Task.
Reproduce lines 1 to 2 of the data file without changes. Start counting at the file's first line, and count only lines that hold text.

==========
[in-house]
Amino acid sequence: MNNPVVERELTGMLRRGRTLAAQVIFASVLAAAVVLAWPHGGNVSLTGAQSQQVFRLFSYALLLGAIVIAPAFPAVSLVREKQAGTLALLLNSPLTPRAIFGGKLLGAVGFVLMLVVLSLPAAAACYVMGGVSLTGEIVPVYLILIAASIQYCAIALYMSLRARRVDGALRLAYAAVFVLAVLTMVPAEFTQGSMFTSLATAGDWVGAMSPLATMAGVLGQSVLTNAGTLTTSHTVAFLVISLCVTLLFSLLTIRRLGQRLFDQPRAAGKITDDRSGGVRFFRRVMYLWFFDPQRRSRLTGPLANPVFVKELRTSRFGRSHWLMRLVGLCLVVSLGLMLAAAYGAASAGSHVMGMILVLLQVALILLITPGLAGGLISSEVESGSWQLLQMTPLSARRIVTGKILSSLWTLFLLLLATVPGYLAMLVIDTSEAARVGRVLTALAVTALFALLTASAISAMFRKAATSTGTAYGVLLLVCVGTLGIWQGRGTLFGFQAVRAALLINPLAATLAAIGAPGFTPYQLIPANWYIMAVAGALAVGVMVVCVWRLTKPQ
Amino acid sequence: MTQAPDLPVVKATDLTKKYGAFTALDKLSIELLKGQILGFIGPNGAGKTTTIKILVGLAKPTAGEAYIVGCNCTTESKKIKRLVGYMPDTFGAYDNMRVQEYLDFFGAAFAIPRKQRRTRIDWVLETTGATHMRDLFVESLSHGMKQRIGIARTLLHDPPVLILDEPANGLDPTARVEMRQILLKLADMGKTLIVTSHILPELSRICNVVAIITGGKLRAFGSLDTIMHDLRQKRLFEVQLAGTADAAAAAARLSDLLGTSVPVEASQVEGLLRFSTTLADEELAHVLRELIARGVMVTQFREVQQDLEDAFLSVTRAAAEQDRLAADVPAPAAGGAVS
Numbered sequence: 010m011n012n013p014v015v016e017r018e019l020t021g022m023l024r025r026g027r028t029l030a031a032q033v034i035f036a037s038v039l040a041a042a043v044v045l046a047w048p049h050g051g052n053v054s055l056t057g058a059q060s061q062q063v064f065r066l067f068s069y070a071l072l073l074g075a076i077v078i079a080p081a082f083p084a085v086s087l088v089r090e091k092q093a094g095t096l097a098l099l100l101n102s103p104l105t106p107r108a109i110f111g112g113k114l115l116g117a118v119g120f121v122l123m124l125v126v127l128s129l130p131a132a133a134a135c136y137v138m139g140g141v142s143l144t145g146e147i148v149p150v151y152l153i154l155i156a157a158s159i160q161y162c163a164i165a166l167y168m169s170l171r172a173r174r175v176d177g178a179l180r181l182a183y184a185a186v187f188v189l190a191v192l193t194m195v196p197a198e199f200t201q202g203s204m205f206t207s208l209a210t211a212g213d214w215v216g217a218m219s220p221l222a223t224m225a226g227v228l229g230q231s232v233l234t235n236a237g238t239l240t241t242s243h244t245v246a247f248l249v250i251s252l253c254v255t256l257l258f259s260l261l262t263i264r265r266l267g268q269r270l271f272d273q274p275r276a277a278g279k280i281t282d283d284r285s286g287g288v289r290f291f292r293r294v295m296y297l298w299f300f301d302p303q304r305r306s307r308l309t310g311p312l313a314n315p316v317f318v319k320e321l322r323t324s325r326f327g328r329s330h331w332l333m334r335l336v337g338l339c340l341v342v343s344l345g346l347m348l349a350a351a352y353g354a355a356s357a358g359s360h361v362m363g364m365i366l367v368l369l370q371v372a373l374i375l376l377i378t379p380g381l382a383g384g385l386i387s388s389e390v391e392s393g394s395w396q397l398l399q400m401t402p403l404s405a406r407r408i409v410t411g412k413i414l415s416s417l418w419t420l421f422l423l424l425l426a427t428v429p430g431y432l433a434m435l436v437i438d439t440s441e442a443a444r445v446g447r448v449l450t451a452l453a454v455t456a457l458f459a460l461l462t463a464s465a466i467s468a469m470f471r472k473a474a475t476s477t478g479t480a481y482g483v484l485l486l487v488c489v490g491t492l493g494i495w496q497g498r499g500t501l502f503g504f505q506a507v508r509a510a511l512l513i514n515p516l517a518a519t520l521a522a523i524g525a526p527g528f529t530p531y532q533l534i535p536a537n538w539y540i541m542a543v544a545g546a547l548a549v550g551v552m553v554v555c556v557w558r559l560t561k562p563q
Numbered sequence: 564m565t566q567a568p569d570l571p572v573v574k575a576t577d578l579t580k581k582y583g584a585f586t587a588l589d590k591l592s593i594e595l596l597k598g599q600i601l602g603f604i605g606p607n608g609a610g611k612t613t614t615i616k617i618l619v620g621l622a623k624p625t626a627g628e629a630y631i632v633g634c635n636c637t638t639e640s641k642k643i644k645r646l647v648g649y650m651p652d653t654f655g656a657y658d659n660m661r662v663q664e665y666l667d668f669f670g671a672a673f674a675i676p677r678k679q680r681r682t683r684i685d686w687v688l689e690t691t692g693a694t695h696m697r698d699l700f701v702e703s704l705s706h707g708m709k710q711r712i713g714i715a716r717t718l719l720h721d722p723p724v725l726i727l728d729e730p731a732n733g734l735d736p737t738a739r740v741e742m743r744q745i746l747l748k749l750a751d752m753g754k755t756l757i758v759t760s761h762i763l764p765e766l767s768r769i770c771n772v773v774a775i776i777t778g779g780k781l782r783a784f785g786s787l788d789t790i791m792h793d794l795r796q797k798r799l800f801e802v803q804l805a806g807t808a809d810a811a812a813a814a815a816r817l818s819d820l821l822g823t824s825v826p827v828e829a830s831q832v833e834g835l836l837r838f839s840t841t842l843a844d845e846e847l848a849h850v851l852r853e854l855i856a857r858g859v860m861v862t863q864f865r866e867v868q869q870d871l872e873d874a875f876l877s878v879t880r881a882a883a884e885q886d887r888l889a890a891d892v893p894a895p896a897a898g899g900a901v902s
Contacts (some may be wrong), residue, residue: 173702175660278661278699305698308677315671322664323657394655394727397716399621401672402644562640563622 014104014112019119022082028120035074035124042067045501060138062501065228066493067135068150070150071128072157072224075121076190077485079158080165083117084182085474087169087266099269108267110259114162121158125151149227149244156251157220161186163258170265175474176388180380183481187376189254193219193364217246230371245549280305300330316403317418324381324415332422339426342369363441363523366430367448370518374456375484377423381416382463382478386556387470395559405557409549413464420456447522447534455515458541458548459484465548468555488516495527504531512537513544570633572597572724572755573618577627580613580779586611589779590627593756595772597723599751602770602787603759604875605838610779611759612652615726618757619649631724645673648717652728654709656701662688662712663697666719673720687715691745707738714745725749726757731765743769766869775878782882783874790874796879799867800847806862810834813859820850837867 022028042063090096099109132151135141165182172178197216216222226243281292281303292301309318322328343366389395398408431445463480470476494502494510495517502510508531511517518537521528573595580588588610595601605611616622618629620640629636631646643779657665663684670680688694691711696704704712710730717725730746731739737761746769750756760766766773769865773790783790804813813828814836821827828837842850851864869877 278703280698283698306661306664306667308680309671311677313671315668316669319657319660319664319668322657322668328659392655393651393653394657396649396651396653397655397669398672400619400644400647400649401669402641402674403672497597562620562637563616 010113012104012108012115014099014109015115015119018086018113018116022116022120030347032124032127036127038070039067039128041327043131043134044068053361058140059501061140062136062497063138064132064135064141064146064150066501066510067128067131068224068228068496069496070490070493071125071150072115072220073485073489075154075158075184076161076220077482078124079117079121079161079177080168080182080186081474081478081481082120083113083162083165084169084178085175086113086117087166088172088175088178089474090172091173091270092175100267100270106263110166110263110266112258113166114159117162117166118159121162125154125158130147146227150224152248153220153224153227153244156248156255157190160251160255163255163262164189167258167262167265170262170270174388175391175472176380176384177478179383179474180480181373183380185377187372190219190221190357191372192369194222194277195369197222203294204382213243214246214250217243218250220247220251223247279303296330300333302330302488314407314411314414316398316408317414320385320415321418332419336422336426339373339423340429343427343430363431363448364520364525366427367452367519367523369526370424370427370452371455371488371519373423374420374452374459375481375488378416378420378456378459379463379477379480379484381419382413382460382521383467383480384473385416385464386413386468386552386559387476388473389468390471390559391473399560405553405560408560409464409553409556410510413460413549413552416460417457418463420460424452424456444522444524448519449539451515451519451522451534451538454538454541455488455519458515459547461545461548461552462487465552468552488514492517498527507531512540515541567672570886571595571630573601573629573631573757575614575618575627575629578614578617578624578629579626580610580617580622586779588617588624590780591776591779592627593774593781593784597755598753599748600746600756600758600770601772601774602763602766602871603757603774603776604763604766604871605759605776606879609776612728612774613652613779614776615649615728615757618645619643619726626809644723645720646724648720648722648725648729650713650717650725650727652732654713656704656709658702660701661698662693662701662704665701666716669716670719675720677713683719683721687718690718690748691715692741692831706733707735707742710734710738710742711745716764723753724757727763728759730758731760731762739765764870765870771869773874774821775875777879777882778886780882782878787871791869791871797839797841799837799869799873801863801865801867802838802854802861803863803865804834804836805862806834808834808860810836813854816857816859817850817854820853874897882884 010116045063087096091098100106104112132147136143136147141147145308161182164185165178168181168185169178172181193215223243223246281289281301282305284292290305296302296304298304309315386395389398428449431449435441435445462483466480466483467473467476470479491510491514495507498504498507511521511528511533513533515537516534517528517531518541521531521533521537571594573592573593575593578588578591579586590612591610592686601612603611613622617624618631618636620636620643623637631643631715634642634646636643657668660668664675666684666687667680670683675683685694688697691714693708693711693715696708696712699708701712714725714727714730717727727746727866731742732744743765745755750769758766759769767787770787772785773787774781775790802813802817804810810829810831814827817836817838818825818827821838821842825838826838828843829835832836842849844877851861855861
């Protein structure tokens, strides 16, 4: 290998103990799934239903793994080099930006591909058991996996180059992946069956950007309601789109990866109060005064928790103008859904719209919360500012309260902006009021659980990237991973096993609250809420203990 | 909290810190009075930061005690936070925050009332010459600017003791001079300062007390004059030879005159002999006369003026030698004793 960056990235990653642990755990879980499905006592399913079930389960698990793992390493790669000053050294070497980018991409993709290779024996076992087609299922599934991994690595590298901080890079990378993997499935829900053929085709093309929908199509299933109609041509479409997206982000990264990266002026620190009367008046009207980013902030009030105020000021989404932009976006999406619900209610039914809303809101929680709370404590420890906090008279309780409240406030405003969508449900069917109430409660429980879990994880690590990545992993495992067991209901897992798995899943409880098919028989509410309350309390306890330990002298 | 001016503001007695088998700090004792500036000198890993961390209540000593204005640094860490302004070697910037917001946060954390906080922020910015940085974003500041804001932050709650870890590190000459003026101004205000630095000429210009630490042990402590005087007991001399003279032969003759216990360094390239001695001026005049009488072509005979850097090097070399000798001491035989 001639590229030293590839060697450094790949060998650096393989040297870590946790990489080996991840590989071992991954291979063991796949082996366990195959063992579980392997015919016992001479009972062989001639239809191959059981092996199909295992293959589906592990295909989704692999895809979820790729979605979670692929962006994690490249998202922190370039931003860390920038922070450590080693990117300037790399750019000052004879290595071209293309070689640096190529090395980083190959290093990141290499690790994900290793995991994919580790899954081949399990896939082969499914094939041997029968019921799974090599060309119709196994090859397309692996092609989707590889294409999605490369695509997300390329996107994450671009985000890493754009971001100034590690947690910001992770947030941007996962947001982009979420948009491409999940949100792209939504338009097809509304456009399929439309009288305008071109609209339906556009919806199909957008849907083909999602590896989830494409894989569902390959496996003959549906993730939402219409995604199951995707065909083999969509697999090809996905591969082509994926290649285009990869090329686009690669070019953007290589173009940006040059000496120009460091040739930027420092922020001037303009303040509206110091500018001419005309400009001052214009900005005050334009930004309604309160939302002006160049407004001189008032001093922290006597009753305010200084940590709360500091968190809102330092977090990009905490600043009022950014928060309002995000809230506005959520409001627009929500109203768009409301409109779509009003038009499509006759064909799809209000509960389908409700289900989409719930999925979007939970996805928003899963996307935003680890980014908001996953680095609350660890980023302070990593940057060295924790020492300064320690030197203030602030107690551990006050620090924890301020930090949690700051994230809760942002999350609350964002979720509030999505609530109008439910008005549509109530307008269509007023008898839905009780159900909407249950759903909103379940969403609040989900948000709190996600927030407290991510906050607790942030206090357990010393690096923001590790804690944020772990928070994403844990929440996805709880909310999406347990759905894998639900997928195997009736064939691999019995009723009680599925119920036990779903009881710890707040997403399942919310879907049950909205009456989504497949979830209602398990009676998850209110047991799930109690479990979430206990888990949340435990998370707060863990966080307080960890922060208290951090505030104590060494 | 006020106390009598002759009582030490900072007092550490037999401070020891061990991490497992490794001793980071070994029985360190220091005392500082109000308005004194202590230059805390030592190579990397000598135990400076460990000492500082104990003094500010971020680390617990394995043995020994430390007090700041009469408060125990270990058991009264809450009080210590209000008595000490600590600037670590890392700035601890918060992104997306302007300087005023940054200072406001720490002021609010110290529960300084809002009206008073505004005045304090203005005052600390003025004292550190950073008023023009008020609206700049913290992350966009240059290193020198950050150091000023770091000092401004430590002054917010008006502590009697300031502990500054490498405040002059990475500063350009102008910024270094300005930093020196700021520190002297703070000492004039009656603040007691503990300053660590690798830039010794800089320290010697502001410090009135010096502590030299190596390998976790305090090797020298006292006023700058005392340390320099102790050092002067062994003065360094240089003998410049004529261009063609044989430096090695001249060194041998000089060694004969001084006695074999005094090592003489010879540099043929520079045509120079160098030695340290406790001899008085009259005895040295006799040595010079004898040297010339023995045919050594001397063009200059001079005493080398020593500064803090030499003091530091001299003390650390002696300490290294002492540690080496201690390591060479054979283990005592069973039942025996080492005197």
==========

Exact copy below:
[in-house]
Amino acid sequence: MNNPVVERELTGMLRRGRTLAAQVIFASVLAAAVVLAWPHGGNVSLTGAQSQQVFRLFSYALLLGAIVIAPAFPAVSLVREKQAGTLALLLNSPLTPRAIFGGKLLGAVGFVLMLVVLSLPAAAACYVMGGVSLTGEIVPVYLILIAASIQYCAIALYMSLRARRVDGALRLAYAAVFVLAVLTMVPAEFTQGSMFTSLATAGDWVGAMSPLATMAGVLGQSVLTNAGTLTTSHTVAFLVISLCVTLLFSLLTIRRLGQRLFDQPRAAGKITDDRSGGVRFFRRVMYLWFFDPQRRSRLTGPLANPVFVKELRTSRFGRSHWLMRLVGLCLVVSLGLMLAAAYGAASAGSHVMGMILVLLQVALILLITPGLAGGLISSEVESGSWQLLQMTPLSARRIVTGKILSSLWTLFLLLLATVPGYLAMLVIDTSEAARVGRVLTALAVTALFALLTASAISAMFRKAATSTGTAYGVLLLVCVGTLGIWQGRGTLFGFQAVRAALLINPLAATLAAIGAPGFTPYQLIPANWYIMAVAGALAVGVMVVCVWRLTKPQ